Tuesday 25 October 2011

Kurt Vonnegut, Armageddon in Retrospect

kurt vonnegut armageddon in retrospect

I was going to start this post by comparing Kurt Vonnegut to Pepsi.  As in - big, recognizable brand, high quality product etc.  Then I thought - no, Pepsi is not a good idea, too much pop culture and too little class.  I'd need to settle for a more elegant beverage, coffee perhaps.  Trouble is, I don't really know any extra posh, generally recognizable brand of coffee (apart from the one procured from cat shit, but I'm not going to compare anyone I like to THAT).  Moral of the story is that I'm not really good in drink metaphors.

I've never met a book by Vonnegut that I didn't like.  I've read quite a lot of them, years ago, and I remember them as funny, enjoyable and as far from sugar-sweet as physically possible (which is the number one compliment on my list).  His writings are dark, rather pessimistic and sometimes heavy like hell, but they read like a dream and make you laugh.  I never could stop myself from reading bits aloud to people around me - they were so good I simply HAD TO share them (besides, if you roll on the floor with laughter and don't tell anyone why, people tend to look at you in a weird way - consider yourself warned).  So yeah, when Armageddon in Retrospect landed on my shelf, I was quite looking forward to the moment when I could finally give it some attention. 

By the time I had reached page 5, I laughed out loud more than ten times.  This doesn't happen very often, and it hardly ever happens when I'm reading foreword.  This particular preface was written by Vonnegut's son  (because Armageddon in Retrospect was published after Kurt Vonnegut's death) and - call me a heretic if you want - it was the best part of the book.  What followed was far more serious.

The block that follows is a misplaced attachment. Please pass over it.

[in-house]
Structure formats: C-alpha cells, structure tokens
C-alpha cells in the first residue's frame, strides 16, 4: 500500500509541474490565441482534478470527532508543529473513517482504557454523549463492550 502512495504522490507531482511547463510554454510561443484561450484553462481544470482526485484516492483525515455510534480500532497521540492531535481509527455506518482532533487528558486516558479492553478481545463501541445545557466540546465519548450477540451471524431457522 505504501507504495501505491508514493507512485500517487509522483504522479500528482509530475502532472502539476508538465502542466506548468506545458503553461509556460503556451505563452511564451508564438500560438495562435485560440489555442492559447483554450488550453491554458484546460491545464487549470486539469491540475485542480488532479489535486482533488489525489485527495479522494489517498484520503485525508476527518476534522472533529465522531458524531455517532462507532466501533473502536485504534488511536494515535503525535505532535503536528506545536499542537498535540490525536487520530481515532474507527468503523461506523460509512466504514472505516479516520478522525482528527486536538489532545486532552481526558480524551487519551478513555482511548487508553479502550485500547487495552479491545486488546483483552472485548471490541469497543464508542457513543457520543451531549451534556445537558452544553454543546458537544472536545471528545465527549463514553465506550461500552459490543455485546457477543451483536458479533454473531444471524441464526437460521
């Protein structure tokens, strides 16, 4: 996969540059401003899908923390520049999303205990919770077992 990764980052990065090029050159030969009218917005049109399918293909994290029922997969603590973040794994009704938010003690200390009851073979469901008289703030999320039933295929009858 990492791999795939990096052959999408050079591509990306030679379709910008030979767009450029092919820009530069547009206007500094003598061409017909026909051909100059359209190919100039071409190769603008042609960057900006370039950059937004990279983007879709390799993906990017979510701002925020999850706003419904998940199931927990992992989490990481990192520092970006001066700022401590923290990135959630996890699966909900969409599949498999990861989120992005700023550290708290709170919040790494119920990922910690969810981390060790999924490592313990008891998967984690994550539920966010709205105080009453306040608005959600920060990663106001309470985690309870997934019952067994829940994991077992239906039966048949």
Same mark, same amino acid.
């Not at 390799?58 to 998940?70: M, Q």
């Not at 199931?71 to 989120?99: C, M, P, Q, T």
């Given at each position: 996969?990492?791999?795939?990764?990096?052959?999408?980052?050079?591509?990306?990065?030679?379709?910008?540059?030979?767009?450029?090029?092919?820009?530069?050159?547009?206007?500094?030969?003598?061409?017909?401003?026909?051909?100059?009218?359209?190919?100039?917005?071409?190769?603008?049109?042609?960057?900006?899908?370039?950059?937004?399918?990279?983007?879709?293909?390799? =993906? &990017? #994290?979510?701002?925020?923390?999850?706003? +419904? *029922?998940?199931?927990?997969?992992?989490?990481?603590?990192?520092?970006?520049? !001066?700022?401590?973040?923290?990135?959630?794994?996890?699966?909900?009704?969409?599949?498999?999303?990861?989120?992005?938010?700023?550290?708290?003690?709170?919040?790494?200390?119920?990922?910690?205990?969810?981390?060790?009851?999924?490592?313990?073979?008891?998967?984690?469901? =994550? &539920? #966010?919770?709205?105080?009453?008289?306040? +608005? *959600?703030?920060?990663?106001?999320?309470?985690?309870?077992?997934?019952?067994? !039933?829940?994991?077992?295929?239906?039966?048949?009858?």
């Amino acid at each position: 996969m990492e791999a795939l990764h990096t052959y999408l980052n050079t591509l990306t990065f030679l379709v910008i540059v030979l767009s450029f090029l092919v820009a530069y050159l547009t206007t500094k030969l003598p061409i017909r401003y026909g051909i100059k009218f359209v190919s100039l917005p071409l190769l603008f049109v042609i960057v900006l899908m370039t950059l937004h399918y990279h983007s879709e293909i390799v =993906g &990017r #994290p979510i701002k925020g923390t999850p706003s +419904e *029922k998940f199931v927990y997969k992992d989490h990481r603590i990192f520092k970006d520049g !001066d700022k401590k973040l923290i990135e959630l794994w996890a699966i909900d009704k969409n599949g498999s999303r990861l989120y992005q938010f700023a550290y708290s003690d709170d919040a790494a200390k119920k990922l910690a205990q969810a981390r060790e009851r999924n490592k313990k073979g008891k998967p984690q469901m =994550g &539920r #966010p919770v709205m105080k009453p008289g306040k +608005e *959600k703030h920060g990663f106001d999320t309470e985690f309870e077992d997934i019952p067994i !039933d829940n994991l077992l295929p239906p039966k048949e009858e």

Armageddon in Retrospect consists of thirteen brief pieces, mostly short stories, but also a letter to his family and a transcription of a speech.  The book is described as 'writings on war and peace' and indeed most of the stories are set in WWII background, but Vonnegut doesn't spend much time commenting on war itself.  He writes about people who are forced to live and survive in wartime and while you may say it boils down to the same thing, I liked this subtle shift of focus. 

The stories themselves are unsettling.  Happy end doesn't really apply.  Not that they end badly - Vonnegut is simply too close to depicting the reality as it is to make use of such an illusive concept.  Black and white rarely show up in real life and it's highly gratifying to see this mirrored in literature.  Bombing of Dresden comes up in more than one story (Vonnegut survived this catastrophe), so if you liked Slaughterhouse-Five, you can expect to enjoy Armageddon just as much. 

I surely enjoyed it immensely.  I gulped the book down in about three hours, which gives you two important bits of information:

1.  Armageddon in Retrospect is quite a short book, 232 pages of rather large print interspersed with graphics (well, some people are REALLY scared of thick volumes).

2.  The book is damn hard to put down.  Can I recommend it better than that?

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